Data from: Evolutionary epigenomics of retrotransposon-mediated methylation spreading in rice

Jae Young Choi & Michael D. Purugganan
Plant genomes contain numerous transposable elements (TEs), and many hypotheses on the evolutionary drivers that restrict TE activity have been postulated. Few models, however, have focused on the evolutionary epigenomic interaction between the plant host and its TE. The host genome recruits epigenetic factors, such as methylation, to silence TEs but methylation can spread beyond the TE sequence and influence the expression of nearby host genes. In this study, we investigated this epigenetic trade-off between...

Data from: Acclimatization of symbiotic corals to mesophotic light environments through wavelength transformation by fluorescent protein pigments

Edward G. Smith, Cecilia D'Angelo, Yoni Sharon, Dan Tchernov & Joerg Wiedenmann
The depth distribution of reef-building corals exposes their photosynthetic symbionts of the genus Symbiodinium to extreme gradients in the intensity and spectral quality of the ambient light environment. Characterizing the mechanisms used by the coral holobiont to respond to the low intensity and reduced spectral composition of the light environment in deeper reefs (greater than 20 m) is fundamental to our understanding of the functioning and structure of reefs across depth gradients. Here, we demonstrate...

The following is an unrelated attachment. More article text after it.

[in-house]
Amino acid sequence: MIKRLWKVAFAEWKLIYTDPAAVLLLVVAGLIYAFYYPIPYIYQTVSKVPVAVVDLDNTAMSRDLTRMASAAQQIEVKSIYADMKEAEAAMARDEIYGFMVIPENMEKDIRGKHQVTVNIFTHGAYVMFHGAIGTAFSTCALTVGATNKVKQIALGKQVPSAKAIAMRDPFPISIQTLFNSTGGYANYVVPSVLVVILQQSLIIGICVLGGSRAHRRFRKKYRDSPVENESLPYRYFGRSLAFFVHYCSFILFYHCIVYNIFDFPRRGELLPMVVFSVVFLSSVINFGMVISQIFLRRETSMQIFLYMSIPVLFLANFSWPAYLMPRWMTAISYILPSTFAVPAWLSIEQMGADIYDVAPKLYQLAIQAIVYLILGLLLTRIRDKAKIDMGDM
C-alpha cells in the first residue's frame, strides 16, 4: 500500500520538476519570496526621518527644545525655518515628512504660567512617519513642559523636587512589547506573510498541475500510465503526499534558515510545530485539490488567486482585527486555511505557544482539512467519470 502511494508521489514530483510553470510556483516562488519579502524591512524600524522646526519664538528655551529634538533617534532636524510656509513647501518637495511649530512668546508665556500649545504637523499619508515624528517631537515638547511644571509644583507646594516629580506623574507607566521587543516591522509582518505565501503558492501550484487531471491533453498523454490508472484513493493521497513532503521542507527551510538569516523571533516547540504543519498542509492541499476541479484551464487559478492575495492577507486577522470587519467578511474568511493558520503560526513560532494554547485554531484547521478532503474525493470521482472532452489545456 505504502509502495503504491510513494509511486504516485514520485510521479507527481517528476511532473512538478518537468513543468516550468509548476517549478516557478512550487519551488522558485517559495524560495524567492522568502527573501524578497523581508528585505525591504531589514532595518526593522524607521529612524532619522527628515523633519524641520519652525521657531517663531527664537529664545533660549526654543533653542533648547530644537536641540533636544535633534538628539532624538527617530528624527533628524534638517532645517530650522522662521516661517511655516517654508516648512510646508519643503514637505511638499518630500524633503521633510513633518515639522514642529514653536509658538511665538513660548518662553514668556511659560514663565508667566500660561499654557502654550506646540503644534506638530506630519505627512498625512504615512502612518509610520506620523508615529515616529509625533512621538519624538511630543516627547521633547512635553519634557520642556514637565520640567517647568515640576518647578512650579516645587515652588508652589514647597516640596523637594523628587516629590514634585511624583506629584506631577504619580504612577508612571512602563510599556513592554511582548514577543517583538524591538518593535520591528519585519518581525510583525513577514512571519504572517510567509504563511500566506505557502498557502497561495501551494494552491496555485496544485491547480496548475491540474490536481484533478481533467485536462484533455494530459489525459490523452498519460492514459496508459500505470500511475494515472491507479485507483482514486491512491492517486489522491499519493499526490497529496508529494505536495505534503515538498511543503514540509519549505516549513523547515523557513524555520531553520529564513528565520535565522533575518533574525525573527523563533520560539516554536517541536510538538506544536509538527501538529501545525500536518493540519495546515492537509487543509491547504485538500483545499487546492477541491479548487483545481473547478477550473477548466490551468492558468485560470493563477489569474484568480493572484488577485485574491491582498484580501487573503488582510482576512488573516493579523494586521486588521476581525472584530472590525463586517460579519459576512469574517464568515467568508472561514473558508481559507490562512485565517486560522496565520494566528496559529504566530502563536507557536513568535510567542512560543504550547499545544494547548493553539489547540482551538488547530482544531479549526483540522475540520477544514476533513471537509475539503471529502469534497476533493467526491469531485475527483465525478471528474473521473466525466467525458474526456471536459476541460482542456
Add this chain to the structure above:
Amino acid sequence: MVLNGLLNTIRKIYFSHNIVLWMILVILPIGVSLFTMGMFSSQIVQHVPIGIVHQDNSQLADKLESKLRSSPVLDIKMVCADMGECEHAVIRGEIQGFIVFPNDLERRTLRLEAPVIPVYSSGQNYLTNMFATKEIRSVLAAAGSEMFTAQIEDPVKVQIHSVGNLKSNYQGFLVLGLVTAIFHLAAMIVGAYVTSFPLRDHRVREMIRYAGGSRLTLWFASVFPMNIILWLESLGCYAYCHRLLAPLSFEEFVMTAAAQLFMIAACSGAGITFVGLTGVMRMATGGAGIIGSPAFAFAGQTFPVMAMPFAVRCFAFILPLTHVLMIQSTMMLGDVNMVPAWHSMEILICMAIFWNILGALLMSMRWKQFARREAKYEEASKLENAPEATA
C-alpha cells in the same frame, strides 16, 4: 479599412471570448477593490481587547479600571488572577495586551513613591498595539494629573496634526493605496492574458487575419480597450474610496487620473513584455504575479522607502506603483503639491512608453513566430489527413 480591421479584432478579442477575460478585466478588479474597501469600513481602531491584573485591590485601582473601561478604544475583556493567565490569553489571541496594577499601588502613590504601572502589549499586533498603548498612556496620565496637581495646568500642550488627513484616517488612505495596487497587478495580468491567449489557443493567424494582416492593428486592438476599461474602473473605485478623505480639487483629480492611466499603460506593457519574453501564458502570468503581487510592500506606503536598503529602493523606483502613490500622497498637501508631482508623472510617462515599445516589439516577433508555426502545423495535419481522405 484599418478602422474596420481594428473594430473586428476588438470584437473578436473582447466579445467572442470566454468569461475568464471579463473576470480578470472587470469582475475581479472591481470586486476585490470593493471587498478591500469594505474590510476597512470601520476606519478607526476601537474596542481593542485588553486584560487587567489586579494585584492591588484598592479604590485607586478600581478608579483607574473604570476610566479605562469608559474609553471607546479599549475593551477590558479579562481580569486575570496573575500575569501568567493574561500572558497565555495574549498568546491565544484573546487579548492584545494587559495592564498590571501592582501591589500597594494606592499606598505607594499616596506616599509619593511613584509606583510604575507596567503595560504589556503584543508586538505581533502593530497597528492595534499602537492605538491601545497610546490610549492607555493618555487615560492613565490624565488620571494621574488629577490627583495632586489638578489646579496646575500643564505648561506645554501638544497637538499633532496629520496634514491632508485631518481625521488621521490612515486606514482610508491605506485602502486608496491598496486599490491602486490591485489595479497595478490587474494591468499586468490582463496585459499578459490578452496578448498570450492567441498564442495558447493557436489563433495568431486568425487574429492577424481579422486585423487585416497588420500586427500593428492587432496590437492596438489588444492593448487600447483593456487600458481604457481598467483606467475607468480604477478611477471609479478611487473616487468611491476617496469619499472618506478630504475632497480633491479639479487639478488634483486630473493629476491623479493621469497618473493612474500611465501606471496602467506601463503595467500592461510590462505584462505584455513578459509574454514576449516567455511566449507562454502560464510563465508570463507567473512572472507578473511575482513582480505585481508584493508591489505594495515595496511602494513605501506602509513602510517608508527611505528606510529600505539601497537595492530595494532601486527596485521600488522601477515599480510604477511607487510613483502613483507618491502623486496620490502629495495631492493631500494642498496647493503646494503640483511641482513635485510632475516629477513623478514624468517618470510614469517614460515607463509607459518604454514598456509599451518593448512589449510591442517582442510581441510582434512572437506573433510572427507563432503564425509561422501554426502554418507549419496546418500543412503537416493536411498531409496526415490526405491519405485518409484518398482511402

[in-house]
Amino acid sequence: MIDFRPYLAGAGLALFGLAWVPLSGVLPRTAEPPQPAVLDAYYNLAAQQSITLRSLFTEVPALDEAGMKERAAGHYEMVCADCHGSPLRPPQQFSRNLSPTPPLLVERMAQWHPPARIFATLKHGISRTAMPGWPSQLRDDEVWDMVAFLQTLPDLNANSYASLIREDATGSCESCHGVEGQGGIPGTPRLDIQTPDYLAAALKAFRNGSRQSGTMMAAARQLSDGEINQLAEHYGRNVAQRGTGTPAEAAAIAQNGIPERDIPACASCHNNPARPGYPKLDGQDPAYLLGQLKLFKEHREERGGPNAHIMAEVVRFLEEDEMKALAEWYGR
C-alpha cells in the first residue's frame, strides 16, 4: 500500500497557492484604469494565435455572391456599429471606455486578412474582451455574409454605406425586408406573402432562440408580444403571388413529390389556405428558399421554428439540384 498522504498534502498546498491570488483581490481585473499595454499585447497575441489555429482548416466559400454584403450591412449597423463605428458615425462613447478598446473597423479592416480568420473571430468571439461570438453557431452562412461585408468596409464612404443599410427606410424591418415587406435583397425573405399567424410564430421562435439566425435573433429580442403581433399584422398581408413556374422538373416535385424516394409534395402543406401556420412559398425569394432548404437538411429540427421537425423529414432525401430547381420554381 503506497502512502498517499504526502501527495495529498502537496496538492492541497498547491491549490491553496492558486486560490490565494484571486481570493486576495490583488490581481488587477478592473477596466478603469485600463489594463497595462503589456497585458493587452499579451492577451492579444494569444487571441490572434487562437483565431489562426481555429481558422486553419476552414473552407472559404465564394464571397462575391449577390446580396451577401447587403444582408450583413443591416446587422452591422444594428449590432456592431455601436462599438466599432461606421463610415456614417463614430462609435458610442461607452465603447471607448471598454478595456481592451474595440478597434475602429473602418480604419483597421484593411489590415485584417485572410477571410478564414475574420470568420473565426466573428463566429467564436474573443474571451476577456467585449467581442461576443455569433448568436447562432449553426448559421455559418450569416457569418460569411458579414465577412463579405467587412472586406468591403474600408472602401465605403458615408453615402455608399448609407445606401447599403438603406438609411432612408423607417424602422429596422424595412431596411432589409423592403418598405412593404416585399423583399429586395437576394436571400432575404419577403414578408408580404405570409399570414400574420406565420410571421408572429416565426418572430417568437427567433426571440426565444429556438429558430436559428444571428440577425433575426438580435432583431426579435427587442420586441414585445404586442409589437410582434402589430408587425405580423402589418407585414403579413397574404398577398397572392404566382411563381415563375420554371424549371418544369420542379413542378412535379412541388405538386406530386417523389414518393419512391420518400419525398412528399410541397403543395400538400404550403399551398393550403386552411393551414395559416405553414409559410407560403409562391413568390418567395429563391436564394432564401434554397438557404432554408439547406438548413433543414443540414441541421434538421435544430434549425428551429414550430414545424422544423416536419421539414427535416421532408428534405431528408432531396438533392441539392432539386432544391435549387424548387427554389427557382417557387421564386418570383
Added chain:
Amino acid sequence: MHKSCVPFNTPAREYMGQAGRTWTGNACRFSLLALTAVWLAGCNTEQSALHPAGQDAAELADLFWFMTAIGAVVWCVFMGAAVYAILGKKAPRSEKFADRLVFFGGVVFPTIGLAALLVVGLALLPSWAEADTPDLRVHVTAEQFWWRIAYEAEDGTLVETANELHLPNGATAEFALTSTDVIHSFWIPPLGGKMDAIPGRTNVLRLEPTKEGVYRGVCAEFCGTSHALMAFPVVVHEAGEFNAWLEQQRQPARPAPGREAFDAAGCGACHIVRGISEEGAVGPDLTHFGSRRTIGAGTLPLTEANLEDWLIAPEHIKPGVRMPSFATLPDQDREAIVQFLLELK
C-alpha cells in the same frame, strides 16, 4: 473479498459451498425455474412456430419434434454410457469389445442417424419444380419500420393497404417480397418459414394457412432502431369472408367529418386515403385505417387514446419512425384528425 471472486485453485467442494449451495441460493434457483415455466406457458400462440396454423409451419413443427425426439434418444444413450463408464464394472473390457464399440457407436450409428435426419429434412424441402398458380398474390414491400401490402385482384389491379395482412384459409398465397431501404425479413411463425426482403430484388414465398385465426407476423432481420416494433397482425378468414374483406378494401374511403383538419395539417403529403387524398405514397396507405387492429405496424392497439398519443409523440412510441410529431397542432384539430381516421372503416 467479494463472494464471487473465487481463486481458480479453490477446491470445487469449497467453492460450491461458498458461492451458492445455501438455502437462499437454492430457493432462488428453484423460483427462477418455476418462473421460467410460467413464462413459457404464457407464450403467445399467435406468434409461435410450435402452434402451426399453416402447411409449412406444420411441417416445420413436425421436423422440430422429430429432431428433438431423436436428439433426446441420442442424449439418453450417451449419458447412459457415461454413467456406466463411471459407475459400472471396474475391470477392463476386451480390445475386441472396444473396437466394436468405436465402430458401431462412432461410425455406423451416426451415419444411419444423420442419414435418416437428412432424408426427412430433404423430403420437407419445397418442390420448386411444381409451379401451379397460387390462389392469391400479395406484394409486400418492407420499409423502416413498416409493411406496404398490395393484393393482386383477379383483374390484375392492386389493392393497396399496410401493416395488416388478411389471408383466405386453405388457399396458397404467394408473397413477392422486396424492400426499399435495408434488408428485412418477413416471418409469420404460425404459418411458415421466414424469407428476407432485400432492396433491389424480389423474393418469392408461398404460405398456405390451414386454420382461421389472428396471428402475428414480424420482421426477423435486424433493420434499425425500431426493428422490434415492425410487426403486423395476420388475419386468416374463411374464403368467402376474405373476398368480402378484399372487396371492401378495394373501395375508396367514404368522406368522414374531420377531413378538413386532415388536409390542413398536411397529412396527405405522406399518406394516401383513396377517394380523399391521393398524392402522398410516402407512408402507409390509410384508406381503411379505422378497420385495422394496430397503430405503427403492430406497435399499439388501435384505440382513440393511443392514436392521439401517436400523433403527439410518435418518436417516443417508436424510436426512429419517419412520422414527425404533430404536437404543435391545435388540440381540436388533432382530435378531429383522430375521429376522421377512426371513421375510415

Data from: Concurrent temporal channels for auditory processing: oscillatory neural entrainment reveals segregation of function at different scales

Xiangbin Teng, Xing Tian, Jess Rowland & David Poeppel
Natural sounds convey perceptually relevant information over multiple timescales, and the necessary extraction of multi-timescale information requires the auditory system to work over distinct ranges. The simplest hypothesis suggests that temporal modulations are encoded in an equivalent manner within a reasonable intermediate range. We show that the human auditory system selectively and preferentially tracks acoustic dynamics concurrently at 2 timescales corresponding to the neurophysiological theta band (4–7 Hz) and gamma band ranges (31–45 Hz) but,...

Registration Year

  • 2017

Resource Types

  • Dataset


  • New York University
  • York University
  • New York University Abu Dhabi
  • University of Cambridge
  • Columbia University
  • Kyushu University
  • Interuniversity Institute for Marine Sciences in Eilat
  • University of Milan
  • University of Warwick
  • University of Southampton